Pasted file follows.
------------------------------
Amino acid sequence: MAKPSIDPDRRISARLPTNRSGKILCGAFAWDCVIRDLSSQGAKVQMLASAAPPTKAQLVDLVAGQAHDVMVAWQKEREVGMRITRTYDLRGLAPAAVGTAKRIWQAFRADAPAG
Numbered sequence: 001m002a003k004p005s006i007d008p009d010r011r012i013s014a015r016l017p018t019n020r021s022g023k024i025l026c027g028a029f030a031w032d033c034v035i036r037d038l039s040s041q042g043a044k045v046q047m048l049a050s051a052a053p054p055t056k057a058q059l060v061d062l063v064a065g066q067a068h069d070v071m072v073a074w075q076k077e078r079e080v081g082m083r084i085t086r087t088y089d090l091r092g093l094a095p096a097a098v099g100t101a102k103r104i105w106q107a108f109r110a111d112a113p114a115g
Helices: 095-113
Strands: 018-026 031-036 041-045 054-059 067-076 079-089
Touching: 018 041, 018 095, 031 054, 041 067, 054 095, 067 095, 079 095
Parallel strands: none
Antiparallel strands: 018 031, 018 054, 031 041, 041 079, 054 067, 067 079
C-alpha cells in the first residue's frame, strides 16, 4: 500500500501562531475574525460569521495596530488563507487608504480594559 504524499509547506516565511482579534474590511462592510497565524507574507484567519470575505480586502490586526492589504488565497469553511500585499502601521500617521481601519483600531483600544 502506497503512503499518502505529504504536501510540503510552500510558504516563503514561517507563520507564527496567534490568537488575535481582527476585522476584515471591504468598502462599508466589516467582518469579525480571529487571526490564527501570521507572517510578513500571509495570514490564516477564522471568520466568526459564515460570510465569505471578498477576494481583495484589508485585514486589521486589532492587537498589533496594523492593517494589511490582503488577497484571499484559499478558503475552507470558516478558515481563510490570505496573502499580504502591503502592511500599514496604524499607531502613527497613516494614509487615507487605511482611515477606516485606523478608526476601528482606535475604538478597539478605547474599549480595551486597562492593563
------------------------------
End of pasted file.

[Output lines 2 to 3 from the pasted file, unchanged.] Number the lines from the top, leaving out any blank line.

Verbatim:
Numbered sequence: 001m002a003k004p005s006i007d008p009d010r011r012i013s014a015r016l017p018t019n020r021s022g023k024i025l026c027g028a029f030a031w032d033c034v035i036r037d038l039s040s041q042g043a044k045v046q047m048l049a050s051a052a053p054p055t056k057a058q059l060v061d062l063v064a065g066q067a068h069d070v071m072v073a074w075q076k077e078r079e080v081g082m083r084i085t086r087t088y089d090l091r092g093l094a095p096a097a098v099g100t101a102k103r104i105w106q107a108f109r110a111d112a113p114a115g
Helices: 095-113